Viarnaud is currently CEO of tech company Methys Group, a cluster of highly innovative organisations accelerating the innovation efforts of clients across the globe. But he’s also a man who wears many hats, volunteering as co-ordinator of the French Tech community hubs, (one based in Cape Town, the other in Johannesburg) and founding the French South Africa Tech Labs (FSAT Labs) based in Century City. This is a public-private partnership with the Small Enterprise Development Agency (SEDA) aimed at incubating early-stage, high growth entrepreneurs for the betterment of Africa. So far, says Viarnaud, FSAT Labs has helped 40 start-ups, (many of whom are UCT alumni from the engineering or business faculty) to grow their businesses, while nurturing ongoing relationships between the French and South African technology ecosystems.
Not content to rest on those mighty laurels, Viarnaud is also founder and CEO of AfricaArena, and it’s here where his vision for growth on the continent is made powerfully tangible. Every year, this African tech accelerator runs what they describe as Corporate Open Innovation challenges in North, South, East and West Africa. At these regional events, the premier tech start-ups in each region are invited to pitch to corporations and investors. These act as a semi-final selection events, culminating in about 25 start-ups being invited to the Grand Summit, which will be held this year in Cape Town in December, in person.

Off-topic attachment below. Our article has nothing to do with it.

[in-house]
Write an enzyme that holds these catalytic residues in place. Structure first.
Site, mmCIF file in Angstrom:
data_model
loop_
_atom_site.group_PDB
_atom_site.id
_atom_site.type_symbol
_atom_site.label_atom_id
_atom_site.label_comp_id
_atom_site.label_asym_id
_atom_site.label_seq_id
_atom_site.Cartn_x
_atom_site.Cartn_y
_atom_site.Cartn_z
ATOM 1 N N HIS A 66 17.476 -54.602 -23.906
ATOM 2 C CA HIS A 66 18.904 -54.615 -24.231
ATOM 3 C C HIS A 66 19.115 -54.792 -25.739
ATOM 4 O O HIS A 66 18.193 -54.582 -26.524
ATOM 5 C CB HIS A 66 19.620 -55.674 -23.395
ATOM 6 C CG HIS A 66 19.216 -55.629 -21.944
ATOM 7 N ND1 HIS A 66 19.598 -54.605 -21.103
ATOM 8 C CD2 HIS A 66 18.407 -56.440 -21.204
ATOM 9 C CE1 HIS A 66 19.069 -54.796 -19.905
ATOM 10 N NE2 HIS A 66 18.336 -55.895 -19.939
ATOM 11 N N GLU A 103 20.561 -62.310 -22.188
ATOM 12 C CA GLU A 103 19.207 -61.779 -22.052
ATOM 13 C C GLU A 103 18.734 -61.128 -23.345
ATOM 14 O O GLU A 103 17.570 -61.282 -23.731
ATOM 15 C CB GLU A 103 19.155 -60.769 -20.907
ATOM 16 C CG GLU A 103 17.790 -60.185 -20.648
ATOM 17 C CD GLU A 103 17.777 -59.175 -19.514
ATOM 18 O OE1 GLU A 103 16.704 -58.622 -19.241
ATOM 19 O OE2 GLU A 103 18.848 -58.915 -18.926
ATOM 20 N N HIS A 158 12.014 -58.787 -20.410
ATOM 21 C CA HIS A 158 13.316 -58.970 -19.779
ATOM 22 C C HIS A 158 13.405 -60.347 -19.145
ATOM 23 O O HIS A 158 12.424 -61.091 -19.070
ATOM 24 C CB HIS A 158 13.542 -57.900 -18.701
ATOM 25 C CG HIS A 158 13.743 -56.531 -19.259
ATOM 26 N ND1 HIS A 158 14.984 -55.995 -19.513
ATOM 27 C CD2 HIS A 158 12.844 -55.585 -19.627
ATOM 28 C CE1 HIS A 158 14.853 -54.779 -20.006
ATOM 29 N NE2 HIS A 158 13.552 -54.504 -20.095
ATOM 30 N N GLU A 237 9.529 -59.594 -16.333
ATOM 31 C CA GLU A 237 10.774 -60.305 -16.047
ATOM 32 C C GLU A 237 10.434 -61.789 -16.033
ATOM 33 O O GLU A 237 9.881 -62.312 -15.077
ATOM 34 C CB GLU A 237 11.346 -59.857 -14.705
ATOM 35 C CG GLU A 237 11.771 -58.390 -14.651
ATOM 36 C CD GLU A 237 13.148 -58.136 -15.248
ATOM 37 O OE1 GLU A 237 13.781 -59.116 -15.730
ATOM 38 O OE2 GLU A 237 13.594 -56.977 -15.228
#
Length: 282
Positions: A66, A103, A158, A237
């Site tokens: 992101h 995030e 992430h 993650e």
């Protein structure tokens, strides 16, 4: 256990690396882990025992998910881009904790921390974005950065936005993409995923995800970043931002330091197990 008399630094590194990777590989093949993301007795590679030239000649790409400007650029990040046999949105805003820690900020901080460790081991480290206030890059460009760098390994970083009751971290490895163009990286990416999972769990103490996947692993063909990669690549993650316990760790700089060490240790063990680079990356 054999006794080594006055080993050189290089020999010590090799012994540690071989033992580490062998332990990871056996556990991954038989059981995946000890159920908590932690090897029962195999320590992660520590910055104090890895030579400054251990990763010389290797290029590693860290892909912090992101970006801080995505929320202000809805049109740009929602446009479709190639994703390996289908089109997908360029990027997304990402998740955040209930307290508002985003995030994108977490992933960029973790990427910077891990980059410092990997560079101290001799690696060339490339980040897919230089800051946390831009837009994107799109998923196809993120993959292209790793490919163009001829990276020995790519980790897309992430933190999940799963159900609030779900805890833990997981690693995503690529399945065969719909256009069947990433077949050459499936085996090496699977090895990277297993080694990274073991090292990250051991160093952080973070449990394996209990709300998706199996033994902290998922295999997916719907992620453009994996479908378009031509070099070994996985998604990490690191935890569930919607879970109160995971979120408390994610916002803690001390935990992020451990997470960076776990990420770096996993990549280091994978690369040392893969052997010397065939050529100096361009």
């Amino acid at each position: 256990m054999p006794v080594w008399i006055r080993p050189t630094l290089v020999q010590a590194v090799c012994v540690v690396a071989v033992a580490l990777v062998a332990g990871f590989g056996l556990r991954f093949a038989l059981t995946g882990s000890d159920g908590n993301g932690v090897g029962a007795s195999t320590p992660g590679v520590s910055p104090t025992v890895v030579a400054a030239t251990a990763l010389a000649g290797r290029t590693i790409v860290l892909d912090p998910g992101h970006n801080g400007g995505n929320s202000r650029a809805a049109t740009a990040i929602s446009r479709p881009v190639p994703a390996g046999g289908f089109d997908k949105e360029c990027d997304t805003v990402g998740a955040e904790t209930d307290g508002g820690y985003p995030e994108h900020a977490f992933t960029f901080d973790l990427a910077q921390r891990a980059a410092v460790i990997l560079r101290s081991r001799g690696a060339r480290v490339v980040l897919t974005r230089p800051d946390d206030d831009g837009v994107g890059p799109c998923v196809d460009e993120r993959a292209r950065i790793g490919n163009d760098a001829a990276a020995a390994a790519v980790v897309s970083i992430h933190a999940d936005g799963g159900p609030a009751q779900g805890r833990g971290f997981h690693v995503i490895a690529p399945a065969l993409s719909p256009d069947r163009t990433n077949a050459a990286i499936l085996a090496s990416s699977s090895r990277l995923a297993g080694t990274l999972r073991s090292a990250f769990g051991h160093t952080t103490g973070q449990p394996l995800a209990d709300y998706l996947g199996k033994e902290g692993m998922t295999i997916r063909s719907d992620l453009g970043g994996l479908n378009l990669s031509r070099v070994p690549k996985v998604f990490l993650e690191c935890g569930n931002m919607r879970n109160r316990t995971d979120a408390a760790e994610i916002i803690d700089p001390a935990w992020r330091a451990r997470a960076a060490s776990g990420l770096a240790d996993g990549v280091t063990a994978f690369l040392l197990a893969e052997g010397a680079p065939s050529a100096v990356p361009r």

“Through these open innovation challenges, in partnership with corporations, we aim to foster co-investment and collaboration that can move the economies and people of the continent forward,” says Viarnaud.
So where and how did it all begin for Viarnaud in South Africa? He arrived in Cape Town in 2004 through a management buyout of his company, and by 2007 at the age of 35, became CEO. Deciding that a mid-career reset and upskilling was necessary, Viarnaud was aware that the University of Cape Town’s Graduate School of Business (UCT GSB) was one of three Triple-crown accredited business schools in Africa, benchmarked with the best in the world. What he wasn’t prepared for was the truly transformational experience it offered him.
“I can only speak for the Executive MBA (EMBA), and back in 2009 it was under the leadership of Prof Tom Ryan. Ryan co-designed this pioneering course and was an incredible leader, teacher and mentor. Studying and learning under him in the EMBA transformed my ethos, my management practice and even personal life.”
Just before the collapse of the Lehmann brothers and 2008 financial crisis, Viarnaud decided to leave his company, in no small part because of the skills and confidence imbued in him from the EMBA. As the time-honoured legend goes in the tech world, he started his new venture, literally out of his garage.
“I’m deeply grateful towards to UCT GSB for giving me the tools to launch what I consider Version 2.0 of my career. It was a rebirth from a professional perspective, completely changing the way I did things - exposing me to ground-breaking new theories but also giving me the capacity to practically implement these new teachings.”
Viarnaud says he has sent many colleagues to this programme and reports that they have all benefitted hugely from the EMBA.
“My fellow students became friends and then later some became business partners. To this day, I consider it one of the finest educational experiences of my life - a very original programme with a real human-centric focus.